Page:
For this reason, the Obamacare debacle gives conservatives an historic opportunity to challenge the New Deal legacy. Under this legacy, liberals have used government spending as a proxy for addressing social problems – using increases in government spending as a definitive sign that underlying social problems are being remedied. Government education spending, for instance, has increased many times over since the 1970s, and yet student test scores haven't improved. Indeed, no one would claim that children are being better educated today than they were forty years ago. But who suffers from an inadequate public education system? Certainly not the rich, who can afford private schooling.

Government action can even make the problem worse, which is what appears to be happening with Obamacare. According to the Congressional Budget Office, the costs of Obamacare will escalate so much in future years that substantial tax increases will be necessary. And even though the super wealthy like Warren Buffett voice their support for big government programs and tax increases, they will never bear the real burden of tax hikes. They will retain their corps of lawyers and accountants, as they have always done, to figure out ways to avoid those taxes. And in the end, it will be the employees of the Warren Buffetts of the world, not the Warren Buffetts themselves, who will pay the costs of big government.

Just as an unprecedented economic failure gave rise to the New Deal legacy of big government, the unprecedented failure of an unprecedented government program, along with unprecedented government debt, may give rise to a conservative New Deal of governance in an era of unsustainable deficits. The ACA debacle gives conservatives the opportunity to first pierce the myth that liberal big-government programs are the best way to help the poor and working person. Evidence abounds as to the falsity of that myth. The Dodd-Frank bill, for instance, is a hand-out to the "too big to fail" banks, while at the same time imposing regulations that hurt low-income communities and those small banks that did nothing to contribute to the 2008 financial crisis. While government spending has exploded during the Obama presidency, median incomes have fallen. The largest income declines have occurred among the most vulnerable – e.g., people with a high school education or less, black heads of households, and people under the age of 25. And the share of the adult population that has dropped out of the labor market recently hit a 35-year high. For the most struggling Americans, there has been no economic recovery; on the other hand, for the wealthiest Americans, the Obama years have been fabulous.

After piercing the myth that big-government liberalism is the best way to serve average Americans, conservatives must then pierce the myth that conservatism is concerned only with the rich and powerful. As I have previously argued on this site, the conservative creed centers on the interests of the common person and is geared to helping the struggling find their own paths to prosperity. But this is a message conservatives have not asserted enough. Perhaps after eight decades of retreat from this debate, conservatives have lost sight of how to wage the debate.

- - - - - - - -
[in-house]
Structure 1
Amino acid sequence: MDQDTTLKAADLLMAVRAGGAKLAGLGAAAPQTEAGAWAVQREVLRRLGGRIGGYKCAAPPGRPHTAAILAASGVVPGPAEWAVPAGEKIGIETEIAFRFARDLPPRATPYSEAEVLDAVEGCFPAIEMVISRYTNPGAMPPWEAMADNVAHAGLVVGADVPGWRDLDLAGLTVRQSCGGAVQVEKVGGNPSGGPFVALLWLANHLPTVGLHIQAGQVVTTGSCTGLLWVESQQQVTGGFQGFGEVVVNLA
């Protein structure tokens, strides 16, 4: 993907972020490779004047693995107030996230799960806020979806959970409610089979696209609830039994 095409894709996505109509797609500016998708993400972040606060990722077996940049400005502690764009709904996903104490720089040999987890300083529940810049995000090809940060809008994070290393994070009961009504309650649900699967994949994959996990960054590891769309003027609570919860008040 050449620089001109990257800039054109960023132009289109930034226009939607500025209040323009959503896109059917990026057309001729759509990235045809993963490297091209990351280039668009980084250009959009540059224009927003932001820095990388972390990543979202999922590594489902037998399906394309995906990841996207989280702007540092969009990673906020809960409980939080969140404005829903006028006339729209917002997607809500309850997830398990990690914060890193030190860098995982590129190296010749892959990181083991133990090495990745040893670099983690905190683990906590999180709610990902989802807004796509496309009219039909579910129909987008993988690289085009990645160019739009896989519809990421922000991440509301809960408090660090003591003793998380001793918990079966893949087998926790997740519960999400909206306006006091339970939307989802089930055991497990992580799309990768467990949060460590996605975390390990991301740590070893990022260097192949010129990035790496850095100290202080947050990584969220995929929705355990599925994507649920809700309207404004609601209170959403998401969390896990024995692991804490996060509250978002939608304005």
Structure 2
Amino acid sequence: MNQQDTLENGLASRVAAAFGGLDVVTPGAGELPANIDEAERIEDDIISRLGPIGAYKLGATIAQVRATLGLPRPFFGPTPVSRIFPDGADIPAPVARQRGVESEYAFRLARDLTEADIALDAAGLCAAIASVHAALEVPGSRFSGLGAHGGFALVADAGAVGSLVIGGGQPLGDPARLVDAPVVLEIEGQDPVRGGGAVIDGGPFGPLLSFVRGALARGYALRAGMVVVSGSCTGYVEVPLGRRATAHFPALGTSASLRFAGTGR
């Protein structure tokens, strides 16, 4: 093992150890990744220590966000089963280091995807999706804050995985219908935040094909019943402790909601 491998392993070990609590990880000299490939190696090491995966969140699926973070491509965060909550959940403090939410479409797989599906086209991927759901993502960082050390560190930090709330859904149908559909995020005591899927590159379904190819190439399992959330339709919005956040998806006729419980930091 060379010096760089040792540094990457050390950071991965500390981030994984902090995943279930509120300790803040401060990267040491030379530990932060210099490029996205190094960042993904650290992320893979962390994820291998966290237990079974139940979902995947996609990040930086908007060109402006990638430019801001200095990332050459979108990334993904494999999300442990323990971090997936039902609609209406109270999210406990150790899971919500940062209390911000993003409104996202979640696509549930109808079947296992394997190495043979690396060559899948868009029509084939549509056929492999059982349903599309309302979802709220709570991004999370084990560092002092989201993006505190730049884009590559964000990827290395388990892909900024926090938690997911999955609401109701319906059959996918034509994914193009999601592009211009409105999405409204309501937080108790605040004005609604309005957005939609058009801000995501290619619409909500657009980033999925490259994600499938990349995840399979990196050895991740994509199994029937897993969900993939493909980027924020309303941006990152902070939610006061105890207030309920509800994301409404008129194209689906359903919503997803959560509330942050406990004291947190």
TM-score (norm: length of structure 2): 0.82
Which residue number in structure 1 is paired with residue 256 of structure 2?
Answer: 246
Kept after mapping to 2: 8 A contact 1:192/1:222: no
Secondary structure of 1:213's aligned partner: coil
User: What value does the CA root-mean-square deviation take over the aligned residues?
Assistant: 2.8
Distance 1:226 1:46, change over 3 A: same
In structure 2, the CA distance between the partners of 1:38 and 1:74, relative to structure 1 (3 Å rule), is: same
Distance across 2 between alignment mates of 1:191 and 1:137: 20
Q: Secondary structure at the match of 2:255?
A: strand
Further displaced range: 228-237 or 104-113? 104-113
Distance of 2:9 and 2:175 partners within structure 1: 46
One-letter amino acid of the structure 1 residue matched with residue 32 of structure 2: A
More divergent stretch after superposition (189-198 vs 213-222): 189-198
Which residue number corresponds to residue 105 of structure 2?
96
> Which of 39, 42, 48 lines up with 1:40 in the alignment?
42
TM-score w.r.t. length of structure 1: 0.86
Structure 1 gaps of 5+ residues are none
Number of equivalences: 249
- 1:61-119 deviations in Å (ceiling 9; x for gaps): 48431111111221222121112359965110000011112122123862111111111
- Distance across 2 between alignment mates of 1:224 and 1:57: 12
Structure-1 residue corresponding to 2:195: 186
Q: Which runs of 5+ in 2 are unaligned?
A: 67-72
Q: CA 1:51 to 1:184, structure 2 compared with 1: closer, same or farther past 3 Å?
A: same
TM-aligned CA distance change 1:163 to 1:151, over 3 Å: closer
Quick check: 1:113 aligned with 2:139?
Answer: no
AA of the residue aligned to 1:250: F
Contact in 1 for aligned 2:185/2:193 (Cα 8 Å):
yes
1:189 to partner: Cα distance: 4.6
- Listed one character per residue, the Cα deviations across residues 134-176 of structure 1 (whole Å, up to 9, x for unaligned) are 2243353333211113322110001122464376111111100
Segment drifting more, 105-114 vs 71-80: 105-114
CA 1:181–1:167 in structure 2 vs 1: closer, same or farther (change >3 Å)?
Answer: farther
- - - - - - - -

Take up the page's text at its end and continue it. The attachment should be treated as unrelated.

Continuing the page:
To take advantage of the Obamacare opportunity, conservatives have to propose their own program, based on conservative principles. And more generally, they must be more proactive in addressing problems faced by the struggling members of society – problems like healthcare, wage stagnation, economic immobility among the poor, and the cost of higher education. These are problems that conservatives must address, and can address, with conservative policies.

The primary focus of conservatism must be on the plight of those wishing to achieve the American dream. Big government liberalism reinforces the status quo, which is why the Warren Buffetts and the Hollywood elite line up in support – they are more than happy with their status. But the struggling and striving don't want the status quo; they want a chance to prosper and achieve their dreams. And this quest should occupy conservative attentions. So when the Obama administration enacts regulations during its first three years that were three and a half times as burdensome as those enacted during the first three years of the Clinton administration, conservatives should ask whether poor and working Americans are three and a half times better off, considering the added burden on the economy.

Conservatism addresses the causes of poverty, whereas liberalism offers redistributive programs that simply address the symptoms. The War on Poverty is nearly a half-century old and costs $1 trillion annually, and yet the poverty rate is nearly a third higher than it was in the economically stagnant 1970s. And the number of food stamp recipients in 2013 is twenty-five percent higher than when the 2008 recession ended.

Conservatism best helps the strugglers and strivers because it focuses on the individual, not just on expanding the powers of government bureaucracies. In its education policies, conservatism looks to whether families have the opportunity to receive the type of education they desire, not just to whether teachers' salaries have increased. In their anti-poverty programs, conservatives look to the determinative causes of poverty – e.g., family breakdown, delinquency, problematic behaviors, out-of-wedlock births – rather than simply the budgets of government agencies.

© Patrick Garry

 

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Patrick Garry

Patrick Garry is a professor of law at the University of South Dakota, and Director of the Hagemann Center for Legal & Public Policy Research... (more)